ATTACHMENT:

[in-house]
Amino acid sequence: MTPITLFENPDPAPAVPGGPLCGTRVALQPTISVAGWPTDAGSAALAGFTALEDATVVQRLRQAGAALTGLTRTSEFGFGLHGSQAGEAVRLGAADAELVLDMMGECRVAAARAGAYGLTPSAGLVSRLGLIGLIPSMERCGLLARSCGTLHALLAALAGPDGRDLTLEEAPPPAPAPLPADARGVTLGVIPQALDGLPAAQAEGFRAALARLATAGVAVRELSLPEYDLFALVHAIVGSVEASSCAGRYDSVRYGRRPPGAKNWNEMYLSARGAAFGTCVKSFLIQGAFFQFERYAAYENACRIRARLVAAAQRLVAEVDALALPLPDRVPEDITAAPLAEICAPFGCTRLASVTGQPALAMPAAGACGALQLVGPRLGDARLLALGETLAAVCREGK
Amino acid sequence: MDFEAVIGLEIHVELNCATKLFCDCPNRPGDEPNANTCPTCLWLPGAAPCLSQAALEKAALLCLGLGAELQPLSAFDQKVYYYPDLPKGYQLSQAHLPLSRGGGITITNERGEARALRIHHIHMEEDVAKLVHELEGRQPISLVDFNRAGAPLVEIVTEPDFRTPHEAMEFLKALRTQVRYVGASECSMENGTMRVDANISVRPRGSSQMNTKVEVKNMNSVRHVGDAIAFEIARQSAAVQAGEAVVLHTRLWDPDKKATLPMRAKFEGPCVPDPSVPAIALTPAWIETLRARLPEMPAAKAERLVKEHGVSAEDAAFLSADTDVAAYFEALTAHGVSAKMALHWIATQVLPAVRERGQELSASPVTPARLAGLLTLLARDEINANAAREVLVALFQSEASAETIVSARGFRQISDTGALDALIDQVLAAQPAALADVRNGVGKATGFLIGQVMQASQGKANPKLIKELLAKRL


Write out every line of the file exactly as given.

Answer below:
[in-house]
Amino acid sequence: MTPITLFENPDPAPAVPGGPLCGTRVALQPTISVAGWPTDAGSAALAGFTALEDATVVQRLRQAGAALTGLTRTSEFGFGLHGSQAGEAVRLGAADAELVLDMMGECRVAAARAGAYGLTPSAGLVSRLGLIGLIPSMERCGLLARSCGTLHALLAALAGPDGRDLTLEEAPPPAPAPLPADARGVTLGVIPQALDGLPAAQAEGFRAALARLATAGVAVRELSLPEYDLFALVHAIVGSVEASSCAGRYDSVRYGRRPPGAKNWNEMYLSARGAAFGTCVKSFLIQGAFFQFERYAAYENACRIRARLVAAAQRLVAEVDALALPLPDRVPEDITAAPLAEICAPFGCTRLASVTGQPALAMPAAGACGALQLVGPRLGDARLLALGETLAAVCREGK
Amino acid sequence: MDFEAVIGLEIHVELNCATKLFCDCPNRPGDEPNANTCPTCLWLPGAAPCLSQAALEKAALLCLGLGAELQPLSAFDQKVYYYPDLPKGYQLSQAHLPLSRGGGITITNERGEARALRIHHIHMEEDVAKLVHELEGRQPISLVDFNRAGAPLVEIVTEPDFRTPHEAMEFLKALRTQVRYVGASECSMENGTMRVDANISVRPRGSSQMNTKVEVKNMNSVRHVGDAIAFEIARQSAAVQAGEAVVLHTRLWDPDKKATLPMRAKFEGPCVPDPSVPAIALTPAWIETLRARLPEMPAAKAERLVKEHGVSAEDAAFLSADTDVAAYFEALTAHGVSAKMALHWIATQVLPAVRERGQELSASPVTPARLAGLLTLLARDEINANAAREVLVALFQSEASAETIVSARGFRQISDTGALDALIDQVLAAQPAALADVRNGVGKATGFLIGQVMQASQGKANPKLIKELLAKRL